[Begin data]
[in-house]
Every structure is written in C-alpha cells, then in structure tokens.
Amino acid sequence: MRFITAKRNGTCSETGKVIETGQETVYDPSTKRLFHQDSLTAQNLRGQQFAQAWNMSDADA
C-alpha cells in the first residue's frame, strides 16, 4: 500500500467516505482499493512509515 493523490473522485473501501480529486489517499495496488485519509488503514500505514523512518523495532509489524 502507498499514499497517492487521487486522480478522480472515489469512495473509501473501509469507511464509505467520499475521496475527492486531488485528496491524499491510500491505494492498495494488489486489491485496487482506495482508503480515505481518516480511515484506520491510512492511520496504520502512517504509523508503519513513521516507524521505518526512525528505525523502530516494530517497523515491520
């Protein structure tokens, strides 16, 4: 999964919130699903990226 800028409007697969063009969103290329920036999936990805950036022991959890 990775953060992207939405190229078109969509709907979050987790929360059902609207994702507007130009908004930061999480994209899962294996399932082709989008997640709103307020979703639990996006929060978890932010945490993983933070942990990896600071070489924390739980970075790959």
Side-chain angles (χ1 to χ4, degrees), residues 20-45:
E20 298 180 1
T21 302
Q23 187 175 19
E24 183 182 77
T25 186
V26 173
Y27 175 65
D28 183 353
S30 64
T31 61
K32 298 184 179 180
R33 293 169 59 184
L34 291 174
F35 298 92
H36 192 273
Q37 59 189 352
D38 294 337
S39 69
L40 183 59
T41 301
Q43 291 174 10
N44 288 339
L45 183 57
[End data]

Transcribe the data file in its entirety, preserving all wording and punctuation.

[in-house]
Every structure is written in C-alpha cells, then in structure tokens.
Amino acid sequence: MRFITAKRNGTCSETGKVIETGQETVYDPSTKRLFHQDSLTAQNLRGQQFAQAWNMSDADA
C-alpha cells in the first residue's frame, strides 16, 4: 500500500467516505482499493512509515 493523490473522485473501501480529486489517499495496488485519509488503514500505514523512518523495532509489524 502507498499514499497517492487521487486522480478522480472515489469512495473509501473501509469507511464509505467520499475521496475527492486531488485528496491524499491510500491505494492498495494488489486489491485496487482506495482508503480515505481518516480511515484506520491510512492511520496504520502512517504509523508503519513513521516507524521505518526512525528505525523502530516494530517497523515491520
């Protein structure tokens, strides 16, 4: 999964919130699903990226 800028409007697969063009969103290329920036999936990805950036022991959890 990775953060992207939405190229078109969509709907979050987790929360059902609207994702507007130009908004930061999480994209899962294996399932082709989008997640709103307020979703639990996006929060978890932010945490993983933070942990990896600071070489924390739980970075790959």
Side-chain angles (χ1 to χ4, degrees), residues 20-45:
E20 298 180 1
T21 302
Q23 187 175 19
E24 183 182 77
T25 186
V26 173
Y27 175 65
D28 183 353
S30 64
T31 61
K32 298 184 179 180
R33 293 169 59 184
L34 291 174
F35 298 92
H36 192 273
Q37 59 189 352
D38 294 337
S39 69
L40 183 59
T41 301
Q43 291 174 10
N44 288 339
L45 183 57